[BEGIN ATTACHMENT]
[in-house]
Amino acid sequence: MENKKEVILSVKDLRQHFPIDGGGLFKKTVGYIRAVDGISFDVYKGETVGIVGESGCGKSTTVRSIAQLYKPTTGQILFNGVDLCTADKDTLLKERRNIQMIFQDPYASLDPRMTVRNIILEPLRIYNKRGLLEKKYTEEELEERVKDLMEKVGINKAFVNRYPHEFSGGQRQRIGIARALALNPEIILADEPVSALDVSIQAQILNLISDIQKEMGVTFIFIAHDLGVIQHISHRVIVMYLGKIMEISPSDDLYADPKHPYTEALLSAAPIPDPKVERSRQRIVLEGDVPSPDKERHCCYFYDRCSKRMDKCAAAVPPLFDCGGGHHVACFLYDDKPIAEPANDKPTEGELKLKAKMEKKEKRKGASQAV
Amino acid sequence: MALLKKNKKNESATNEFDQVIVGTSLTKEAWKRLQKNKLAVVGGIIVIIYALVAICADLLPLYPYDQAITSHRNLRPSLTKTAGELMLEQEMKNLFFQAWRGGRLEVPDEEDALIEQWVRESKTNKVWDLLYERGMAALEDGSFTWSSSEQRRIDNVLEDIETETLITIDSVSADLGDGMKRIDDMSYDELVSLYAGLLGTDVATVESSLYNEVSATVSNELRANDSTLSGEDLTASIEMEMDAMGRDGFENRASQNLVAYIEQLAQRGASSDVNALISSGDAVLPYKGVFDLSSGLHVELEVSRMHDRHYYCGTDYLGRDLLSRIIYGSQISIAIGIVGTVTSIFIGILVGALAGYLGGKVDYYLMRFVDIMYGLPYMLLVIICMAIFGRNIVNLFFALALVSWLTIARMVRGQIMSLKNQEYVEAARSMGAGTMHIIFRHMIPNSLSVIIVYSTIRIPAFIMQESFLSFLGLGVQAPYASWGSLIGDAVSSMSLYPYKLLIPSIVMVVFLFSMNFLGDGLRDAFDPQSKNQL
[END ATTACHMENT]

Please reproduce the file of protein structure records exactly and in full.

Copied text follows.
[in-house]
Amino acid sequence: MENKKEVILSVKDLRQHFPIDGGGLFKKTVGYIRAVDGISFDVYKGETVGIVGESGCGKSTTVRSIAQLYKPTTGQILFNGVDLCTADKDTLLKERRNIQMIFQDPYASLDPRMTVRNIILEPLRIYNKRGLLEKKYTEEELEERVKDLMEKVGINKAFVNRYPHEFSGGQRQRIGIARALALNPEIILADEPVSALDVSIQAQILNLISDIQKEMGVTFIFIAHDLGVIQHISHRVIVMYLGKIMEISPSDDLYADPKHPYTEALLSAAPIPDPKVERSRQRIVLEGDVPSPDKERHCCYFYDRCSKRMDKCAAAVPPLFDCGGGHHVACFLYDDKPIAEPANDKPTEGELKLKAKMEKKEKRKGASQAV
Amino acid sequence: MALLKKNKKNESATNEFDQVIVGTSLTKEAWKRLQKNKLAVVGGIIVIIYALVAICADLLPLYPYDQAITSHRNLRPSLTKTAGELMLEQEMKNLFFQAWRGGRLEVPDEEDALIEQWVRESKTNKVWDLLYERGMAALEDGSFTWSSSEQRRIDNVLEDIETETLITIDSVSADLGDGMKRIDDMSYDELVSLYAGLLGTDVATVESSLYNEVSATVSNELRANDSTLSGEDLTASIEMEMDAMGRDGFENRASQNLVAYIEQLAQRGASSDVNALISSGDAVLPYKGVFDLSSGLHVELEVSRMHDRHYYCGTDYLGRDLLSRIIYGSQISIAIGIVGTVTSIFIGILVGALAGYLGGKVDYYLMRFVDIMYGLPYMLLVIICMAIFGRNIVNLFFALALVSWLTIARMVRGQIMSLKNQEYVEAARSMGAGTMHIIFRHMIPNSLSVIIVYSTIRIPAFIMQESFLSFLGLGVQAPYASWGSLIGDAVSSMSLYPYKLLIPSIVMVVFLFSMNFLGDGLRDAFDPQSKNQL